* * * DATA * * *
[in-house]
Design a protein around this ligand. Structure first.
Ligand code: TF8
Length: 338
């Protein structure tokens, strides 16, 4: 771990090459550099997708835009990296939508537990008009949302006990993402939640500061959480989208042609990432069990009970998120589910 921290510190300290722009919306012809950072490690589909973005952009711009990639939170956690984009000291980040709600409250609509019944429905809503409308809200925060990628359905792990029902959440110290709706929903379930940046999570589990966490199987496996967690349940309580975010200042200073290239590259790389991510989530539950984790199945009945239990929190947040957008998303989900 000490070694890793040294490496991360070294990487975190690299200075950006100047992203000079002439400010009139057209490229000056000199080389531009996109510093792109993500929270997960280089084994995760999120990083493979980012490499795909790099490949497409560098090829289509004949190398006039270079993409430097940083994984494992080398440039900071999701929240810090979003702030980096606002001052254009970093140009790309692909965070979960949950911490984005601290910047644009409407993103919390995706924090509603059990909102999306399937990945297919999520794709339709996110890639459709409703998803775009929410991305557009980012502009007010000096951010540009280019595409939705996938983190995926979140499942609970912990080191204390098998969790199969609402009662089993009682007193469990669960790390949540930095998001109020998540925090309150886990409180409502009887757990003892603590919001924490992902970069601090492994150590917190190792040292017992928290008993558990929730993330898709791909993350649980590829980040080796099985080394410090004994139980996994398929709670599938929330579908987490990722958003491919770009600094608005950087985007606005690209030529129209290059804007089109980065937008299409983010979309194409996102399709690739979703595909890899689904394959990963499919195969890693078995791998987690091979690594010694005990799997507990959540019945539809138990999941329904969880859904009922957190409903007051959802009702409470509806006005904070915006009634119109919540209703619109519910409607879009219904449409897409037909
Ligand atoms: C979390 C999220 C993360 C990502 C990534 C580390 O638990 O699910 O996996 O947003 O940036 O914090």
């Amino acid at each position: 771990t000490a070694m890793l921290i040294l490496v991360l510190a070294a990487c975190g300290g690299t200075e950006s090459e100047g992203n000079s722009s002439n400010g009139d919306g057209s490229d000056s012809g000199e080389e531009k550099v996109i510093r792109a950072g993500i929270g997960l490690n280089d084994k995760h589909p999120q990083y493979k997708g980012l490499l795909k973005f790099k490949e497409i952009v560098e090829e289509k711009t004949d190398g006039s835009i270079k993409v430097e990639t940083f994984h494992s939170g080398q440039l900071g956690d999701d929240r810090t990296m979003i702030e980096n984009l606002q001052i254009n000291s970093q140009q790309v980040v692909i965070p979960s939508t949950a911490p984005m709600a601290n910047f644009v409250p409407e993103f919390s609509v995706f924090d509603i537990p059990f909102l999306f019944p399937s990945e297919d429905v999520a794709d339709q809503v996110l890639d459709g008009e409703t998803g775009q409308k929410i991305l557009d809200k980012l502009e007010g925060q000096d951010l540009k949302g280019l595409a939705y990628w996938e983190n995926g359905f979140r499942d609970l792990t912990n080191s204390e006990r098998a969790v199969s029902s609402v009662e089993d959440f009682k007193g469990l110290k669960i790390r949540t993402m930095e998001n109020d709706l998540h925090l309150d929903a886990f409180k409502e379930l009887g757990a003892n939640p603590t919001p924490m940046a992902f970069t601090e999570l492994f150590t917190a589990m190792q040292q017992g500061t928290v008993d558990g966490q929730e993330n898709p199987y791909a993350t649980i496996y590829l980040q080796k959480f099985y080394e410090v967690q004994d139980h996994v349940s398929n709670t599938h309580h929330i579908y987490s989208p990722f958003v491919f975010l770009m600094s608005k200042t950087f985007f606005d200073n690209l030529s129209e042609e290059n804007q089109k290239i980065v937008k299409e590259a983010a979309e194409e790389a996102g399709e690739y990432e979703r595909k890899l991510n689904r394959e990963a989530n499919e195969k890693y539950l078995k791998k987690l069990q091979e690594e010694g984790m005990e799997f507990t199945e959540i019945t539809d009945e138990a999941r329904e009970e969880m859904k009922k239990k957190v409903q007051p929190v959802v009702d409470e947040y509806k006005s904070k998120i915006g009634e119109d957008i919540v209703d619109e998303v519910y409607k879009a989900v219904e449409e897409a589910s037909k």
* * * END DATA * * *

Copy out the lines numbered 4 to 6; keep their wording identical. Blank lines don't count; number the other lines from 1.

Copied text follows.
Length: 338
């Protein structure tokens, strides 16, 4: 771990090459550099997708835009990296939508537990008009949302006990993402939640500061959480989208042609990432069990009970998120589910 921290510190300290722009919306012809950072490690589909973005952009711009990639939170956690984009000291980040709600409250609509019944429905809503409308809200925060990628359905792990029902959440110290709706929903379930940046999570589990966490199987496996967690349940309580975010200042200073290239590259790389991510989530539950984790199945009945239990929190947040957008998303989900 000490070694890793040294490496991360070294990487975190690299200075950006100047992203000079002439400010009139057209490229000056000199080389531009996109510093792109993500929270997960280089084994995760999120990083493979980012490499795909790099490949497409560098090829289509004949190398006039270079993409430097940083994984494992080398440039900071999701929240810090979003702030980096606002001052254009970093140009790309692909965070979960949950911490984005601290910047644009409407993103919390995706924090509603059990909102999306399937990945297919999520794709339709996110890639459709409703998803775009929410991305557009980012502009007010000096951010540009280019595409939705996938983190995926979140499942609970912990080191204390098998969790199969609402009662089993009682007193469990669960790390949540930095998001109020998540925090309150886990409180409502009887757990003892603590919001924490992902970069601090492994150590917190190792040292017992928290008993558990929730993330898709791909993350649980590829980040080796099985080394410090004994139980996994398929709670599938929330579908987490990722958003491919770009600094608005950087985007606005690209030529129209290059804007089109980065937008299409983010979309194409996102399709690739979703595909890899689904394959990963499919195969890693078995791998987690091979690594010694005990799997507990959540019945539809138990999941329904969880859904009922957190409903007051959802009702409470509806006005904070915006009634119109919540209703619109519910409607879009219904449409897409037909
Ligand atoms: C979390 C999220 C993360 C990502 C990534 C580390 O638990 O699910 O996996 O947003 O940036 O914090």